City walls, bastions and glacis – protection or hindrance?
Mid-nineteenth-century Vienna: a defensive barrier consisting of walls, bastions and a glacis surrounds the centre of the city. But the fortifications have long outlived their purpose and are strangling the city’s growth.
The map of Vienna dates from around 1850 and shows the bastions and city walls that enclosed the city centre; a number of place names such as ‘Schottentor’ (Tor, gate) or ‘Stubenbastei’ (Bastei, bastion) commemorate the fortifications punctuated by a handful of gates giving access to the centre. In front of the city walls was the glacis, an area of open ground that originally provided a free field of fire before the bastions. Between the glacis and the Linienwall, the outer ring of fortifications, today the ring road called the Gürtel, lay the suburbs. These were incorporated into the City of Vienna as Municipal Districts 2 to 9 and 20 in 1850 as part of the programme of urban expansion.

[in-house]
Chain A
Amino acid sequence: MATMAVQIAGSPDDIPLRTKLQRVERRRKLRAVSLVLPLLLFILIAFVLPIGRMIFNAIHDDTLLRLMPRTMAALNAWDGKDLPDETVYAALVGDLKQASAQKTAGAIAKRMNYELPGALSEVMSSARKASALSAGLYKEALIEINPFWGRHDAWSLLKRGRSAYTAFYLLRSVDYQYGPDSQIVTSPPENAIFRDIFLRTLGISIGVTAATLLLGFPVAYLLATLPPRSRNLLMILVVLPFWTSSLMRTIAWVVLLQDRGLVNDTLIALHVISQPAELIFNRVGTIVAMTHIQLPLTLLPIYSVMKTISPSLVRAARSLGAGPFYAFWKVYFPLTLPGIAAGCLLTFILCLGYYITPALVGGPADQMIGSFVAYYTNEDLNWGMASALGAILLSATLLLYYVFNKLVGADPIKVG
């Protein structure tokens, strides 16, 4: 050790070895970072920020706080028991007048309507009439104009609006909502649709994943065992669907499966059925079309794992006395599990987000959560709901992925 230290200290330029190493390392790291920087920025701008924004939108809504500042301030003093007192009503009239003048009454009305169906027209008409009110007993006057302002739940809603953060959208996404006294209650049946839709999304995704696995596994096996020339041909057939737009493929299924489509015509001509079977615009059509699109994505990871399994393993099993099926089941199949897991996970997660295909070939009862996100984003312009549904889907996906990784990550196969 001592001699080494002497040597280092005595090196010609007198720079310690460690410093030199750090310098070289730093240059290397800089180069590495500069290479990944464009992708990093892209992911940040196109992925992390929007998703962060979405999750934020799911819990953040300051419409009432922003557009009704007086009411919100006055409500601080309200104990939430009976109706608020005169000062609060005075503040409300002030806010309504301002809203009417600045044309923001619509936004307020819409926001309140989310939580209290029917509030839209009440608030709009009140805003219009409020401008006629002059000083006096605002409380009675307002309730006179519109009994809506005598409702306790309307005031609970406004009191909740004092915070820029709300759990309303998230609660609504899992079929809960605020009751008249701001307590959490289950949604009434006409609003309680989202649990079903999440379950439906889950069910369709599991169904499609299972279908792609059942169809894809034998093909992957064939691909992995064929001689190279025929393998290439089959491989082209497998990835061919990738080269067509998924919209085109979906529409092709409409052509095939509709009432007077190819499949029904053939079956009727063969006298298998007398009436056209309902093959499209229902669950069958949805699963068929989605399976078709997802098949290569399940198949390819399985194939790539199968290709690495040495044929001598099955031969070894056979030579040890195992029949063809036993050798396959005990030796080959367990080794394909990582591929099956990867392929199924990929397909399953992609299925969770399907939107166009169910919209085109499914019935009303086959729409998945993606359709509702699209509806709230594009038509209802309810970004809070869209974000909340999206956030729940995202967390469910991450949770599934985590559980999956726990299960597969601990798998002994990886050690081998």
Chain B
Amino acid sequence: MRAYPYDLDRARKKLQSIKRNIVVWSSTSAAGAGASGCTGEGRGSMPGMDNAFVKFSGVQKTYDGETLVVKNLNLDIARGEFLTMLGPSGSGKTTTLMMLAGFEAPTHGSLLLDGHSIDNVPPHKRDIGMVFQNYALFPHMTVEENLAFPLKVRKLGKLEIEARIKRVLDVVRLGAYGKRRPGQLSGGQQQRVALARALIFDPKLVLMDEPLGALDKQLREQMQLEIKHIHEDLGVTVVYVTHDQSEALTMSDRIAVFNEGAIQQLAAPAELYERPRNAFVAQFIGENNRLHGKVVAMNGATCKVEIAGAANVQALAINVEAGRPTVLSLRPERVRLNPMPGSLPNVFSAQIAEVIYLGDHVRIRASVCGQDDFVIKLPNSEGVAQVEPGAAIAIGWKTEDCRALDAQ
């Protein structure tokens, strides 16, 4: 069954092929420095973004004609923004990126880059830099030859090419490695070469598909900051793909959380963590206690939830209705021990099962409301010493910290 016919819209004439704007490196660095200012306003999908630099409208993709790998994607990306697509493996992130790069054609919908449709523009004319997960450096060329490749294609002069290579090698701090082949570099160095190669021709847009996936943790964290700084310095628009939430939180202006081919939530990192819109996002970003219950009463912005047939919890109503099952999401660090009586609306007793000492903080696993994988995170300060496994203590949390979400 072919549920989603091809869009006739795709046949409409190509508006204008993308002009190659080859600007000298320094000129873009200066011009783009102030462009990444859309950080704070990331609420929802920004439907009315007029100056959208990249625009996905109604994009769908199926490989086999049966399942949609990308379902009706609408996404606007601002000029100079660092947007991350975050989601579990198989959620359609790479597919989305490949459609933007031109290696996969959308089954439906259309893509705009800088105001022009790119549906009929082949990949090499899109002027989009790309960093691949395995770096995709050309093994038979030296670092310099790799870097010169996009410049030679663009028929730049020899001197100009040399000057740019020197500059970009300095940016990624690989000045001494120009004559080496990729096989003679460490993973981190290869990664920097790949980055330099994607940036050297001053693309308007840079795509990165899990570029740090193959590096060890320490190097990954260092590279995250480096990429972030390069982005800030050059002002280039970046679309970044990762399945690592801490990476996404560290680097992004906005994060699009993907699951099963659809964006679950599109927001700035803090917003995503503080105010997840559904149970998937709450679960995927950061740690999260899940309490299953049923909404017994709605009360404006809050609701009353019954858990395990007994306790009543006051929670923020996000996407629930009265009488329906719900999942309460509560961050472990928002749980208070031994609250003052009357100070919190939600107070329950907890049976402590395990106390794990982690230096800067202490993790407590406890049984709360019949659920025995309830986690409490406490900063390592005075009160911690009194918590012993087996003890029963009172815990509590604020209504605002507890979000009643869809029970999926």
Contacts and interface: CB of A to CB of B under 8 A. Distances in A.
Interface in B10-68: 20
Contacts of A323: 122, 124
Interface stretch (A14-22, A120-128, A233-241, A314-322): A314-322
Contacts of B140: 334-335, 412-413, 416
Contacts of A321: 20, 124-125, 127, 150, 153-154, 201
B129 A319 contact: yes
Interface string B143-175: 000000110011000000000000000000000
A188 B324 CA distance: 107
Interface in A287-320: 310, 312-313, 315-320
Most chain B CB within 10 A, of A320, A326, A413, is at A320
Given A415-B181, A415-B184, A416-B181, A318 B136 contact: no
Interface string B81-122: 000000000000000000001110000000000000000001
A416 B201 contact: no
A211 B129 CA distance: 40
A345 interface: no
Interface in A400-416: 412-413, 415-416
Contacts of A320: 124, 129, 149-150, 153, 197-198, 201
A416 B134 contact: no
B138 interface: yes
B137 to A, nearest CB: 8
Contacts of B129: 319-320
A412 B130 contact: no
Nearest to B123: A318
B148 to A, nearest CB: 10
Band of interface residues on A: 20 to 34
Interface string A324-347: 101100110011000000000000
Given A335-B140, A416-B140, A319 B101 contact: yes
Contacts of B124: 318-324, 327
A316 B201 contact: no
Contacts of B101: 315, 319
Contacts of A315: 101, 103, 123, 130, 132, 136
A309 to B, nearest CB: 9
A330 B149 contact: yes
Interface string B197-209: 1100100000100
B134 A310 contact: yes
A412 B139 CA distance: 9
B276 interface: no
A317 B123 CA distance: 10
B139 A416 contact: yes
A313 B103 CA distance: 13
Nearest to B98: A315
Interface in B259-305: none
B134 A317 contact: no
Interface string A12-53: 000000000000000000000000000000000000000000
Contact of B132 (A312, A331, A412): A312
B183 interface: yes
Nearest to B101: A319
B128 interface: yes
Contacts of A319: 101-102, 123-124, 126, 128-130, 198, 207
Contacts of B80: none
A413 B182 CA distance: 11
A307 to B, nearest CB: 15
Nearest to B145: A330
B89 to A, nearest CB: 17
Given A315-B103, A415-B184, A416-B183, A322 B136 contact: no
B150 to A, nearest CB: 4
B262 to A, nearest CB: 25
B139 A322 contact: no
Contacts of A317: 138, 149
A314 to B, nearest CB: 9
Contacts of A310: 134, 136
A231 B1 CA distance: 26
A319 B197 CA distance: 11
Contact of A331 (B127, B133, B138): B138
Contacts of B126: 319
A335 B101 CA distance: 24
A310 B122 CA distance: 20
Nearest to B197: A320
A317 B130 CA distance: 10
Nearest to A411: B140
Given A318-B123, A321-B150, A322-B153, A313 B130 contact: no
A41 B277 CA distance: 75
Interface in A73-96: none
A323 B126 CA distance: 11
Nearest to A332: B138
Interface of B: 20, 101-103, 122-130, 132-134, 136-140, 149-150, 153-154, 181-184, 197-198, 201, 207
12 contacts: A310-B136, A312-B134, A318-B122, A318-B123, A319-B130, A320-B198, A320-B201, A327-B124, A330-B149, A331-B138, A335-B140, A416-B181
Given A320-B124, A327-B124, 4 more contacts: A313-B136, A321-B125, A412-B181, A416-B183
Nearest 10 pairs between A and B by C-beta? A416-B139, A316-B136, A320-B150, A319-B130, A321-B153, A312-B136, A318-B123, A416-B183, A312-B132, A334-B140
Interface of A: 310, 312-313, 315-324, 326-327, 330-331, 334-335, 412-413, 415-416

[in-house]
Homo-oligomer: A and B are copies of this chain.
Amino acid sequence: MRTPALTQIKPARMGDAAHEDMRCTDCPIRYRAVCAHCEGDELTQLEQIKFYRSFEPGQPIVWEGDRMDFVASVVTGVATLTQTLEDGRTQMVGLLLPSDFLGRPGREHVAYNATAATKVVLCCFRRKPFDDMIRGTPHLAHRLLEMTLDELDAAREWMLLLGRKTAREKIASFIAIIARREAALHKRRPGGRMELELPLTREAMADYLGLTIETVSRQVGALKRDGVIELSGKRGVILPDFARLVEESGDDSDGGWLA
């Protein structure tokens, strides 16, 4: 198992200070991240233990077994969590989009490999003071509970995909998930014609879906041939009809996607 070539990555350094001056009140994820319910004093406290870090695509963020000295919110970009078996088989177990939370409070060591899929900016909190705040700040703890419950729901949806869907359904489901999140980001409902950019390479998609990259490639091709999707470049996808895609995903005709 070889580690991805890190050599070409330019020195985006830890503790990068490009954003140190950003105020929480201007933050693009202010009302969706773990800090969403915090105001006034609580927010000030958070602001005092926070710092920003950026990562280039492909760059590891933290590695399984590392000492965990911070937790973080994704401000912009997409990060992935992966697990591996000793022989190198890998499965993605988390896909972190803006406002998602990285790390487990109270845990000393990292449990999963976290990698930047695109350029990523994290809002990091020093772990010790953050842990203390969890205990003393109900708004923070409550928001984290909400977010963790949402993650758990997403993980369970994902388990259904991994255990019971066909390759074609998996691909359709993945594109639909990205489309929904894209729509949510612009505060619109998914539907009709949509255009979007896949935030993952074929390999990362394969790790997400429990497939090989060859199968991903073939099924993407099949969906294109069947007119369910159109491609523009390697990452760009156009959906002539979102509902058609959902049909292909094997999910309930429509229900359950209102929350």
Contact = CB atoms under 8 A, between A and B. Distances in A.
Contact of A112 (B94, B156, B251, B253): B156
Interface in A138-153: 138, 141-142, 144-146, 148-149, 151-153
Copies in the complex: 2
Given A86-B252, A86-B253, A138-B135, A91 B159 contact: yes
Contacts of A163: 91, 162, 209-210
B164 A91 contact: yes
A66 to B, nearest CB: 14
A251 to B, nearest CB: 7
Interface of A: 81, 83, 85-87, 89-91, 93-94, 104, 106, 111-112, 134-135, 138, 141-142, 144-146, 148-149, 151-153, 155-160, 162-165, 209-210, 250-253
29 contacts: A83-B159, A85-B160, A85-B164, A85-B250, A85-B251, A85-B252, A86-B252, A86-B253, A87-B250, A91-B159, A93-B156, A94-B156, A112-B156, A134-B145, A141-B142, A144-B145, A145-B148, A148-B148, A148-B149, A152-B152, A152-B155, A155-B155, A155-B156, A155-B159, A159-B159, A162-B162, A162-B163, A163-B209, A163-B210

All classes of the population passed through these gates daily from the city to the inner and outer suburbs. Erected as defence and protection during the Turkish sieges in the sixteenth and seventeenth centuries, by the nineteenth century these fortifications had lost their function. Their ineffectiveness had been demonstrated when Napoleon had demolished part of them near the Burgbastei in 1809. They were now merely a hindrance to traffic.